4.) select the duplicate track and using control-1, zoom in so you can see individule wave bumps (I usually hit it about 19 times). Using the shift tool, shift the duplicat track forward a “hair”, maybe 8 jumps (I dont know what fraction of a second this is, but it is not much).

Play bak the duplicate at a level just loud enough to hear a little enhancement. You can use the mute button on the duplicate track to switch between regualr and enhanced mode. Adjust the level of the duplicate track to your liking…too much of an “aural exciter” can be a bad thing, so use it sparingly.

I would love to know how to program a plugin to do this or even a macro of some kind.

For now I will have to keep doing it manually.

Try it, you’ll like it…


I joined simply to post this reply to your explanation, betta.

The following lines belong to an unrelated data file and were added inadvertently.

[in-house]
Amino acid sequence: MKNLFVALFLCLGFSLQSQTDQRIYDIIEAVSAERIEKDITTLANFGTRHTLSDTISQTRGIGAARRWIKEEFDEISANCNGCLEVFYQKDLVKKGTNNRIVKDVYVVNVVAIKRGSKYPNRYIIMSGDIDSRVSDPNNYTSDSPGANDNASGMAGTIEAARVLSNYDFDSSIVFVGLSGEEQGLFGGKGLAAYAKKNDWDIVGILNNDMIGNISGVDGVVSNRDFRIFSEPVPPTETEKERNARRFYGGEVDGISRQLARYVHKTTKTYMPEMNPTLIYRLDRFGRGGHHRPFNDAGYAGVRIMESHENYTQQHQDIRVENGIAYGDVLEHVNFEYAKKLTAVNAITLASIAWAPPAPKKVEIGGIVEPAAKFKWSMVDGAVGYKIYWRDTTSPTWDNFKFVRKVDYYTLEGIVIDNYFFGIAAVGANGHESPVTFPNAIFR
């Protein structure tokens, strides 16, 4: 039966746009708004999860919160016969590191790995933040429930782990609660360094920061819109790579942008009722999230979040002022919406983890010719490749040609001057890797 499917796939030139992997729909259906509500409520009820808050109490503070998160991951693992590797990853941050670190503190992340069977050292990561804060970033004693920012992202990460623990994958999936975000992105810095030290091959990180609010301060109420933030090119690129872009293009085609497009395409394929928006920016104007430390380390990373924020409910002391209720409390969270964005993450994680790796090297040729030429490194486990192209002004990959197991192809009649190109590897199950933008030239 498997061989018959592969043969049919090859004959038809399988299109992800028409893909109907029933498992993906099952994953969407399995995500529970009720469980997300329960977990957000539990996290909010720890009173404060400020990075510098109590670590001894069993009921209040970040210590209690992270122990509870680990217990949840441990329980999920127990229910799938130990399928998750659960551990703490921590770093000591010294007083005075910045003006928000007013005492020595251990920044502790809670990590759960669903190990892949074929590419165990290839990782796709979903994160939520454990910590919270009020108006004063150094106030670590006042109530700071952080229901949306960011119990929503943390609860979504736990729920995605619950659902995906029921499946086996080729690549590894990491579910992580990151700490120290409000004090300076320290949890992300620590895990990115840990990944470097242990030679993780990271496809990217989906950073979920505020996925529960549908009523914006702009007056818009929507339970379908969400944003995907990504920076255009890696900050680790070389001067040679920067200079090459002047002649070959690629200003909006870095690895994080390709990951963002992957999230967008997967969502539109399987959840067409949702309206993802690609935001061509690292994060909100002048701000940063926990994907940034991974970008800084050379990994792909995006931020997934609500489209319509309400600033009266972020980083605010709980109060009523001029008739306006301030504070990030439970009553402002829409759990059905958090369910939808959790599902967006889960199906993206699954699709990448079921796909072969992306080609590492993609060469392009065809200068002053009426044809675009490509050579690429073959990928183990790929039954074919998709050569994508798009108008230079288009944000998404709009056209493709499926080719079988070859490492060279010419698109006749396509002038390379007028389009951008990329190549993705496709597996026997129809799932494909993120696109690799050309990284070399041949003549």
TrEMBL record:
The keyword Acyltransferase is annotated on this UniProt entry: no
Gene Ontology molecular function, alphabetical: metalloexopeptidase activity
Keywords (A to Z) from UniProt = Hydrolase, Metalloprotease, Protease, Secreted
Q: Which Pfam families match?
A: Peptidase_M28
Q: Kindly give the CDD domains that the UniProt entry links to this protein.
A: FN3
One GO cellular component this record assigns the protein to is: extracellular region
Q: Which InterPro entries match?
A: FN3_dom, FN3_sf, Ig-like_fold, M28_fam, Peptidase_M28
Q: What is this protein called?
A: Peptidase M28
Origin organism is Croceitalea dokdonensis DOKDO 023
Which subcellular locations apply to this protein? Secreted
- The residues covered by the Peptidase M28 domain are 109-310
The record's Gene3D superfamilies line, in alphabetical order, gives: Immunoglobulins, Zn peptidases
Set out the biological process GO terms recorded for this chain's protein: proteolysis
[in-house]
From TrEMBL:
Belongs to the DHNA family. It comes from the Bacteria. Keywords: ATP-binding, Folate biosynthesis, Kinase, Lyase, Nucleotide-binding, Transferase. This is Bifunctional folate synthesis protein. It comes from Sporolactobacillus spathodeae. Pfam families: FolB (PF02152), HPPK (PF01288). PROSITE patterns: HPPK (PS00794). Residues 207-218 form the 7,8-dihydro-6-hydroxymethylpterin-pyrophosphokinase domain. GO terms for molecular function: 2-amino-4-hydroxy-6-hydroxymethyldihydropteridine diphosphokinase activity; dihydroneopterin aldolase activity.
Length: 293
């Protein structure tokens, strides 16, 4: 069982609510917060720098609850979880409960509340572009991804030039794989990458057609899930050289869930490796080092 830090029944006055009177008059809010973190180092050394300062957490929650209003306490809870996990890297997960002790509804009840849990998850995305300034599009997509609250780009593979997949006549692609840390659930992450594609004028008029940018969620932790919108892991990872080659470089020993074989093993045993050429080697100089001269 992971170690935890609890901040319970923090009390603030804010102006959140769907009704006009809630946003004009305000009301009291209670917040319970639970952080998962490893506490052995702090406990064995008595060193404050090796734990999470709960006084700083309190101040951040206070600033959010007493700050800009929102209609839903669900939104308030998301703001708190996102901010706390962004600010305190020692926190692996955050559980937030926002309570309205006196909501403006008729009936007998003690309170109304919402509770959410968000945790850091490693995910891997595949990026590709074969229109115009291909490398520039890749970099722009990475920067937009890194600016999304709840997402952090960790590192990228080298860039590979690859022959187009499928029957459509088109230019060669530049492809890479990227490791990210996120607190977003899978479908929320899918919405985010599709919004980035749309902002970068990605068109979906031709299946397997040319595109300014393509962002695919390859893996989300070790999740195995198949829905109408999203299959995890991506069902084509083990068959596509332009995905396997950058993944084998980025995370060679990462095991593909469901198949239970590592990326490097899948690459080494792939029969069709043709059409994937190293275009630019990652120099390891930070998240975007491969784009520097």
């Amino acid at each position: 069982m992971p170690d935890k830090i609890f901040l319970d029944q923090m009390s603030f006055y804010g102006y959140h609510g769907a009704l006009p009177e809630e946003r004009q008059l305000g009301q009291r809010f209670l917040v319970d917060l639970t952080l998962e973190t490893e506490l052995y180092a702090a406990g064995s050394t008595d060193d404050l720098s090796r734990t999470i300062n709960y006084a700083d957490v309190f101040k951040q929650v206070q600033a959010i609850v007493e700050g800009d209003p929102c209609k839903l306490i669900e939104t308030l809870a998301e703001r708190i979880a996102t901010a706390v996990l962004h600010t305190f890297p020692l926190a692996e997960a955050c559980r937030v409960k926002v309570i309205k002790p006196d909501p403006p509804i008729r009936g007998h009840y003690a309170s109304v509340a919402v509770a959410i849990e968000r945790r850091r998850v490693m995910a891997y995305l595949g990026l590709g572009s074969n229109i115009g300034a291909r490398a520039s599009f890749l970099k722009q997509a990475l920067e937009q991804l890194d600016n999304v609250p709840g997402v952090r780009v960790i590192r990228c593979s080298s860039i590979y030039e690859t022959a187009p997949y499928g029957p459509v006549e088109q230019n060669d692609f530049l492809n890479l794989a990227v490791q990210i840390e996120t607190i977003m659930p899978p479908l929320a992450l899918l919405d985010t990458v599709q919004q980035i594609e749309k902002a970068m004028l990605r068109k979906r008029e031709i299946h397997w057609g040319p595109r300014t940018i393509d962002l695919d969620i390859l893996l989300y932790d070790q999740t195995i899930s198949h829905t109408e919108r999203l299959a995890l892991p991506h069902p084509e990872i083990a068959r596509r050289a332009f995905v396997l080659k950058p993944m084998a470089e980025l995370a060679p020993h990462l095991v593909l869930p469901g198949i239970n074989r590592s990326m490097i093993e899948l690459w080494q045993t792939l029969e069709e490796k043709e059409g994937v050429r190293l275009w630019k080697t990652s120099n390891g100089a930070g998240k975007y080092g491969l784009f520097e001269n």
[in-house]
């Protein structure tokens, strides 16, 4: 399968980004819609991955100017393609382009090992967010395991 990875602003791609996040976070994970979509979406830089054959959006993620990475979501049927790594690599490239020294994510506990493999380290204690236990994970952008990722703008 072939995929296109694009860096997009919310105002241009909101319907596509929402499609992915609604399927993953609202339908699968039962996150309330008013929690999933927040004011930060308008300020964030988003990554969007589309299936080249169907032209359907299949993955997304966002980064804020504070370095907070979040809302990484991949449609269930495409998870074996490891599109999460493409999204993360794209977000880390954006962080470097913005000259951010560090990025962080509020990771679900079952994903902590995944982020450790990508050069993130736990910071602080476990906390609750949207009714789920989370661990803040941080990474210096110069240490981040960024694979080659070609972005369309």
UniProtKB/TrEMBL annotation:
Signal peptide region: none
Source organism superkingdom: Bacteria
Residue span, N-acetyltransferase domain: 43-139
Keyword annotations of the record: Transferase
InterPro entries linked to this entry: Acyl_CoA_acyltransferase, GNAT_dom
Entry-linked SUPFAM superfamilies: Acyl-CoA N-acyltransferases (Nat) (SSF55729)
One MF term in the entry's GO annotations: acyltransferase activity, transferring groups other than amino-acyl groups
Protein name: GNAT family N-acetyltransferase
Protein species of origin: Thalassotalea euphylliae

You sir, are a bloody genius!

Since this is about a specific effect, I have split it from the more general discussion that it was originally posted in.

For anyone interested, the Aural Exciter was originally developed by Aphex systems. More information about it here:

From hat article:

The Aural Exciter is said to enhance clarity and intelligibility by adding phase shift and musically related synthesized harmonics to audio signals.

While this will add harmonics, clipping tends to produce rather non-musical harmonics (odd harmonics). The effect may sound better by introducing even harmonics instead.

OK, so here’s my attempt at making an Aural Exciter type effect.

This is not attempting to emulate the Aphex Systems effect. It is just a simple effect that adds musically related high frequency harmonics to the processed audio. There is no “reverse dynamic tracking” or “Big Bottom” effect, however I think it may still be useful for some.